Though he is one of my favorite mystery/thriller writers, Pearson's books usually do not show a strong grasp of romantic relations or of women, in my opinion. The romances generally feel cardboard and perfunctory, and the women characters are usually one-dimensional stick-figures, or else completely incoherent hodge-podges.
In this book, Pearson puts his greatest weaknesses front and center--Daphne emerges as a lead detective, and she and LaMoia develop a romantic relationship.
For Pearson, that move is a brave departure, but not so smart. Thius book puts his weaknesses on glaring display, in my opinion.
In this book, Daphne is presented as something of an emotional mess. She pronounces (and insists upon) a lot of psychological speculation, without any data or evidence to back it up, but she doesn't "detect" much. The book's romance between her and LaMoia could have been written by a mildly talented ninth grader, so deep is its insight and subtle its progression.
And the plot isn't great--you figure out whodunnit fairly early. The red herrings confuse the plot more than mislead the reader. And the resolution turns on lots of amazingly correct guesses and overly improbable clues. For instance, at one point, when she is being kidnapped, Daphne reaches into her underwear and rips out the tag, dropping it on the ground as a "crumb" to lead detectives to her. Not only is the tag spotted-amidst all the detritus of a city street in a bad part of town-- but LaMoia (a) recognizes the tag as Daphne's, though at this point he hasn't had occasion to see her intimate apparel (he's even amused to see the brand, for the first time, in the midst of this chase), and (b) realizes immediately that it means to go underground through a man hole! That's quite a feat of semiotics!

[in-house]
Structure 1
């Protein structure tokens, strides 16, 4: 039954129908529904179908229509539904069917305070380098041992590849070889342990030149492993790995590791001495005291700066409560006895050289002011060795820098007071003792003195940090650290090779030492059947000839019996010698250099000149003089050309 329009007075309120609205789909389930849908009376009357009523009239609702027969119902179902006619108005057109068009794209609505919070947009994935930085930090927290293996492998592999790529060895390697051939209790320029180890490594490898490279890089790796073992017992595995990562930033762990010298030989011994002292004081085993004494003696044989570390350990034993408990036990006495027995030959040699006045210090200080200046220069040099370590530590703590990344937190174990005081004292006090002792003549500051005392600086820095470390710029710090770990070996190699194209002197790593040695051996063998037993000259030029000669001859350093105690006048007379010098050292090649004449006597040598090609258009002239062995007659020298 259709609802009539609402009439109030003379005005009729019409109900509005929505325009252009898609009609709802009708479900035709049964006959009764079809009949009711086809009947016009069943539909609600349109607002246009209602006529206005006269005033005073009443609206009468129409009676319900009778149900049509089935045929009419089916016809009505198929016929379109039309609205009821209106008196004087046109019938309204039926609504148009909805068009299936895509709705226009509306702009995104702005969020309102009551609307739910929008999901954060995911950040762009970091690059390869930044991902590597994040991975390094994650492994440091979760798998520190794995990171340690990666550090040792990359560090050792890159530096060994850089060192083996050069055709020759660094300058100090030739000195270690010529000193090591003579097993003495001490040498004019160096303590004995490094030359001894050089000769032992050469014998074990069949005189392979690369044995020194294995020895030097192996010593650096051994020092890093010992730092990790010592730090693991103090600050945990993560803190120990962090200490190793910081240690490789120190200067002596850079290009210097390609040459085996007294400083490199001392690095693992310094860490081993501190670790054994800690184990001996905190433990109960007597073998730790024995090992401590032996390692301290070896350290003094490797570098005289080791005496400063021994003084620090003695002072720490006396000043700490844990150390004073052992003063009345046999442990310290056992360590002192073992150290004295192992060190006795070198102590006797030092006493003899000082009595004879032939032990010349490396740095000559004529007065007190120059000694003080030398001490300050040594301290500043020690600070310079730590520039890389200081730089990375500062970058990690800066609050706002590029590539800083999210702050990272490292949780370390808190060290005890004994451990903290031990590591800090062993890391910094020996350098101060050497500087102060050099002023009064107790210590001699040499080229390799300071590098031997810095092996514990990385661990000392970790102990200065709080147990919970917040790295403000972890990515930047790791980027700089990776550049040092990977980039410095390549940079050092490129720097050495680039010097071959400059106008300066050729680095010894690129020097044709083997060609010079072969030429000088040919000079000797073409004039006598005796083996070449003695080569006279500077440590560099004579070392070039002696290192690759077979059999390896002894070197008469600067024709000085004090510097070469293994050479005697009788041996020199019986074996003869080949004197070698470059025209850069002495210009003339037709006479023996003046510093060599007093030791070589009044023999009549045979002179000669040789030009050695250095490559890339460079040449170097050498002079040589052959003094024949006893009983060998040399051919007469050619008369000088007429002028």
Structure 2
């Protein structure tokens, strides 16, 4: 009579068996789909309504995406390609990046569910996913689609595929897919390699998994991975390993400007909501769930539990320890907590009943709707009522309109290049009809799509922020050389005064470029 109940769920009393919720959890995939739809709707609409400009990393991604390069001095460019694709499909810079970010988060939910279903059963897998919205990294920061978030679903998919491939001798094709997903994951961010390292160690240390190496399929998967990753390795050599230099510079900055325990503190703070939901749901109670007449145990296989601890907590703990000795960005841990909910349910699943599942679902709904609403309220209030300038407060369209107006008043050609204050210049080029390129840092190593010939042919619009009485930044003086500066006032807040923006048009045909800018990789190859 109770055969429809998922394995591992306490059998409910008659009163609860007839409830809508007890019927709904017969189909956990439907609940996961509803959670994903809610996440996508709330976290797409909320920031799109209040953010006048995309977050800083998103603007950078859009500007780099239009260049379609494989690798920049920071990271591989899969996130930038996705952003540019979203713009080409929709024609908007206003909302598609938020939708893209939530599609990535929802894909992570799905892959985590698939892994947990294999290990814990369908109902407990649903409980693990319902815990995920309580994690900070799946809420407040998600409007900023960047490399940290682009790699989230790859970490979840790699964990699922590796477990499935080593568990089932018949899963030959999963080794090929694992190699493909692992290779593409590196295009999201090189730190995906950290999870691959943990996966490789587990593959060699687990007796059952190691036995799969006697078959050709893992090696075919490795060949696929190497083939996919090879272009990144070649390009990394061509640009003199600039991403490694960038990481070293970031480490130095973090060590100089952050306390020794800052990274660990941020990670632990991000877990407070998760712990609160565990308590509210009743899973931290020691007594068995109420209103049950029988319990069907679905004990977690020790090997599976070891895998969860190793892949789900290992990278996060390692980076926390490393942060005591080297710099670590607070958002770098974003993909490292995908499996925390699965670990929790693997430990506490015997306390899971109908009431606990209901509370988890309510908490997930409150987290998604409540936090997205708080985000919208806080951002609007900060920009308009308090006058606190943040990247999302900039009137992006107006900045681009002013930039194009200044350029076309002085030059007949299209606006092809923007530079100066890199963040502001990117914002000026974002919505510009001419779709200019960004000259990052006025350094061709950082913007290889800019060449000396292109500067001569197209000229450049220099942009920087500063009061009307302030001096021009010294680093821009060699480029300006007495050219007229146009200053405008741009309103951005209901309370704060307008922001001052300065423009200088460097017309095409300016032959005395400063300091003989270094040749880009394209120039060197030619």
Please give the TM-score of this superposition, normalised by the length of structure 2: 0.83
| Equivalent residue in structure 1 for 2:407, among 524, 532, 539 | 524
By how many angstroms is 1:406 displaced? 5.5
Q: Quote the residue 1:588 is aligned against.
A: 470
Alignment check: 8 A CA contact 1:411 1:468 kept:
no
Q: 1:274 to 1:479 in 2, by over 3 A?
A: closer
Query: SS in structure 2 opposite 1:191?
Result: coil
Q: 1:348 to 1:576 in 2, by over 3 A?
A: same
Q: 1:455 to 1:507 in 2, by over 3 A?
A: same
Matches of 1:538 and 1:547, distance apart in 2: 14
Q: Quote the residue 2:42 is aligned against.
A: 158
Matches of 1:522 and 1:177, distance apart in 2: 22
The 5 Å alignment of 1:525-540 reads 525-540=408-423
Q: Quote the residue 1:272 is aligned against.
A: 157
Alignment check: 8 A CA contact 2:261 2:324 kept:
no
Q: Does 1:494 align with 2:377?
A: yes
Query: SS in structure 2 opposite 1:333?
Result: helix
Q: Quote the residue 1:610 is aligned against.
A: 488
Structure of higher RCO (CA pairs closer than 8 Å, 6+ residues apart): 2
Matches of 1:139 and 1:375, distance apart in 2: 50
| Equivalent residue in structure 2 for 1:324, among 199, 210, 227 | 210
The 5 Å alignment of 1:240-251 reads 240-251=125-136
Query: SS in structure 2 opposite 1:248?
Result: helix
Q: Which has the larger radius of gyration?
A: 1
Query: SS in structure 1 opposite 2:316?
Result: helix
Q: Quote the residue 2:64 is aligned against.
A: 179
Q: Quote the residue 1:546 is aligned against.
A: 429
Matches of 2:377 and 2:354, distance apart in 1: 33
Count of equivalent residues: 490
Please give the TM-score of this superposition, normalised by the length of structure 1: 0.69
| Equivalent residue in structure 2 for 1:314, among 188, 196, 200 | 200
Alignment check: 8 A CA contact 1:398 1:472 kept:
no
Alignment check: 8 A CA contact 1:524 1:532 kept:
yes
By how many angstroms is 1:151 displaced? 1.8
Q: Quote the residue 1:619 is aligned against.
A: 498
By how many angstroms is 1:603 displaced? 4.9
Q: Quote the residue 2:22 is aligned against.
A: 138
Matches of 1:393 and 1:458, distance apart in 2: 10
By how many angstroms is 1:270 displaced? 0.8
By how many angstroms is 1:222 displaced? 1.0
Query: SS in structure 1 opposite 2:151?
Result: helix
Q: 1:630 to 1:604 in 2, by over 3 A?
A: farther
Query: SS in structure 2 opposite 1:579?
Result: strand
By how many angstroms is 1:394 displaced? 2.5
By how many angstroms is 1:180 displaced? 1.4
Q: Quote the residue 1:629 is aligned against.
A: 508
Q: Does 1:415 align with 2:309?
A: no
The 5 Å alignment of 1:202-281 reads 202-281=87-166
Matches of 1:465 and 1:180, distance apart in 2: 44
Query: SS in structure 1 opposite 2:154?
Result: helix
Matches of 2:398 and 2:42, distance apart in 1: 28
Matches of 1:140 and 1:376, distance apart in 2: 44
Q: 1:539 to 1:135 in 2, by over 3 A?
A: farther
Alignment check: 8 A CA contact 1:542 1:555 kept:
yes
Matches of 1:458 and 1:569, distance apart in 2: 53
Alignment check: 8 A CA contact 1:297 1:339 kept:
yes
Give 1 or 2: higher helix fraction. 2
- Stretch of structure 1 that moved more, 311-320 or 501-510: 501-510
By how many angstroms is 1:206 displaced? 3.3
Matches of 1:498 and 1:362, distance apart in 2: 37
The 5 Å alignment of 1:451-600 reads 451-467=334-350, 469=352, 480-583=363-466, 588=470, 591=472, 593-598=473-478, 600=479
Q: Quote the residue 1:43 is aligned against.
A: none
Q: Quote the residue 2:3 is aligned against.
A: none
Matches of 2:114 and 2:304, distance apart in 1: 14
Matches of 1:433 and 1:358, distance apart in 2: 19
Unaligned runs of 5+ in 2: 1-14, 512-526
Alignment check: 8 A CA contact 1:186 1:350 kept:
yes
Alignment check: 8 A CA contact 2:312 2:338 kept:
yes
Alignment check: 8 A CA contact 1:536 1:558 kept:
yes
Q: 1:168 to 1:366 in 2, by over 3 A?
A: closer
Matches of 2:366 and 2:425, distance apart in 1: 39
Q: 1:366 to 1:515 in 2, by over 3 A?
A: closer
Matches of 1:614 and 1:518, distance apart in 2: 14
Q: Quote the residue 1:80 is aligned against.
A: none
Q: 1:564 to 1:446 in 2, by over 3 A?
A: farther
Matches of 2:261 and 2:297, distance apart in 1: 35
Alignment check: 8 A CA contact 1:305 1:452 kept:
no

There is also some sloppy editing--at one point, a judge upbraids an attorney for objecting in a disorderly fashion, saying that the courtroom isn't a revival meeting. But the attorney had not made any objection at all, in the published version. And though Pearson is usually a stickler for research, he has LaMoia, a recovered oxycontine addict, steal two tablets of amitriptyline and agonize for days whether to indulge in them. But unless my memory has completely failed me, amitriptyline is a very, very old-fashioned tri-cyclic antidepressant, chemically unrelated to the synthetic narcotic oxycontine. It's strange for Pearson to make this kind of mistake--and a decent copy editor should have caught it.
I found the whole thing terribly tedious and contrived.
I never thought I'd say this about a Ridley Pearson novel--but I advise you skip this one.